Some Anti-Racism is Like Lipstick on a Pig, Part 1
Papering over the cracks with performative anti-racism “action”
There’s a phrase that’s been popping up everywhere for me recently: lipstick on a pig. It’s about trying to make something look good without making meaningful change. (Here’s more detail on the origin of the expression, if you’re interested.)
While I’m delighted that systemic racism has been in the spotlight, some of the actions people have taken have seemed like cosmetic attempts. Here are some of the things I’ve seen happen within the last year:
Posting a black square with no behind the scenes change
There were a LOT of black squares on social media for Blackout Tuesday last year. But fast forward a bit and many had been removed. Promised action wasn’t forthcoming, either, meaning it was performative for many of those who posted. Ask yourself how many of those who posted black squares are actually taking action today and you’ll see that the numbers don’t stack up.
Putting your one Black person in charge of DEI with no real power
If you’ve ever been the lone Black person in the office, you know that all eyes turn to you whenever diversity is mentioned. And if they set up some sort of committee, you’ll likely be on it. You might even be put in charge of creating and implementing a policy. But as many Black people can attest, this is totally performative. It’s a way to say a company is doing something about diversity without actually doing anything. Because often anything the DEI person comes up with won’t get the support, funding, or let’s face it, teeth to make real change. It’s pretty frustrating.
Firing 55 year old white men but not changing your hiring practices
Black people said “hire more equitably”. Black people didn’t say “fire old white dudes”. But the latter is what the BBC - and likely other organizations - did. You know, many Black people have empathy so we weren’t necessarily looking for non racist white people doing good work to be on the breadline. We just wanted those doing the hiring to hire more of us for jobs we are more than qualified for - yes, it’s important to note that.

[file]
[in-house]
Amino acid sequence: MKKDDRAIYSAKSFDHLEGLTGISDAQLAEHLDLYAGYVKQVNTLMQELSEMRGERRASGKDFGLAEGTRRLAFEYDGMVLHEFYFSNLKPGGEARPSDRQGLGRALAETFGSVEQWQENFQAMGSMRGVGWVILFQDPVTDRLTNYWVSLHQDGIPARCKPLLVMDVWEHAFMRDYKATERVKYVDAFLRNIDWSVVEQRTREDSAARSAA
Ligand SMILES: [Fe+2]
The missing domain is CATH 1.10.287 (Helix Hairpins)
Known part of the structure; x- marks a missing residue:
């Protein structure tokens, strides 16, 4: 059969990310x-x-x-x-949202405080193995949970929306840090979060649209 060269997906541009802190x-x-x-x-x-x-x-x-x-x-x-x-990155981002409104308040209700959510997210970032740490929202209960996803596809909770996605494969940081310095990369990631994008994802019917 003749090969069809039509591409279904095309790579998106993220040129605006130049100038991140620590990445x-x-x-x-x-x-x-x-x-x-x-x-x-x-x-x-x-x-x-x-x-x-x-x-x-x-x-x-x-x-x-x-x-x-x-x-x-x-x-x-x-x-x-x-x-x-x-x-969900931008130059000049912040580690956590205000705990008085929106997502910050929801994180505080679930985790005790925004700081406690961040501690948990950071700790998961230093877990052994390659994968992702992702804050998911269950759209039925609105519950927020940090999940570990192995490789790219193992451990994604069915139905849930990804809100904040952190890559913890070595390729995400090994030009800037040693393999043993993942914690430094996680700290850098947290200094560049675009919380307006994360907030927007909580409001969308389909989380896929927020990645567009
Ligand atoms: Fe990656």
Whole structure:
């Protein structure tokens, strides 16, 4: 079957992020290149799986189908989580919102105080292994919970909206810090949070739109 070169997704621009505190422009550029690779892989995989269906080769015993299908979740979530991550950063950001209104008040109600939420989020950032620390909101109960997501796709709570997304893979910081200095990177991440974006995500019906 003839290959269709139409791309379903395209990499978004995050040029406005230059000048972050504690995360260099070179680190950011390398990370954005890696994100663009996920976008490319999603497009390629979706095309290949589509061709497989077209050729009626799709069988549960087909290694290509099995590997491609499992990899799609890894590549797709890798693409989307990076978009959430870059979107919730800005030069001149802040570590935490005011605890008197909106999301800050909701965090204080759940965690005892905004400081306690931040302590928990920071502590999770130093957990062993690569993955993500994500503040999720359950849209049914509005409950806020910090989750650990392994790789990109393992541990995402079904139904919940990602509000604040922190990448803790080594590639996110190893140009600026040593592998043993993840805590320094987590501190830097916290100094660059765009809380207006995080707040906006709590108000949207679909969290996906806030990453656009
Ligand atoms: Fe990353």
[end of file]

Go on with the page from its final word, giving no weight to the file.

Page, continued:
Making a big payout without admitting liability or arresting the killers
The outcome of the Breonna Taylor case was a slap in the face. So many Black people die at the hands of the police. Sure, I’m happy that her family got some coins, but is that a compensation for a human life? And did it do anything to change the system that got her killed in the first place? While some jurisdictions have cut down on no-knock warrants, they still exist in a LOT of places.
Bringing in a token
Sometimes there’s a “look we hired a Black person” moment, but there’s no support for that person. As we know, the prevailing narrative in places where Black people are minoritized is that we’re less qualified and capable, even though we have to be more qualified and more capable, stellar in fact, to get through the door. A person hired as a token won’t get support from management, and may not get it from colleagues either. That person isn’t allowed mistakes for fear of being the person who proved it was a mistake to hire Black people. It’s a lot of pressure and an unfair situation.
Talking about professional behavior and the importance of anti racism while still hiding the voices of true anti-racists
This is a social media failing primarily, especially LinkedIn, as the main professional network. Over the course of the year, I’ve seen LinkedIn post repeatedly about their support for diverse voices, keeping people safe and so on. But those seem to be just words. My experience - and I’m not the only one - is that people posting about anti-racism get little protection from trolls and content suppression, and if they’re Black women it’s even worse. Meanwhile the trolls and racists are having a free for all. We need to do better.
These are just a few example of “lipstick on a pig” moments - look out for more of those in my next email.
What acts of performative antiracism or performative allyship have you seen? How would you like to see people do better? Let’s discuss, and learn and grow together.
Thanks for reading,
© Sharon Hurley Hall, 2021. All Rights Reserved.
Cover photo courtesy of Canva.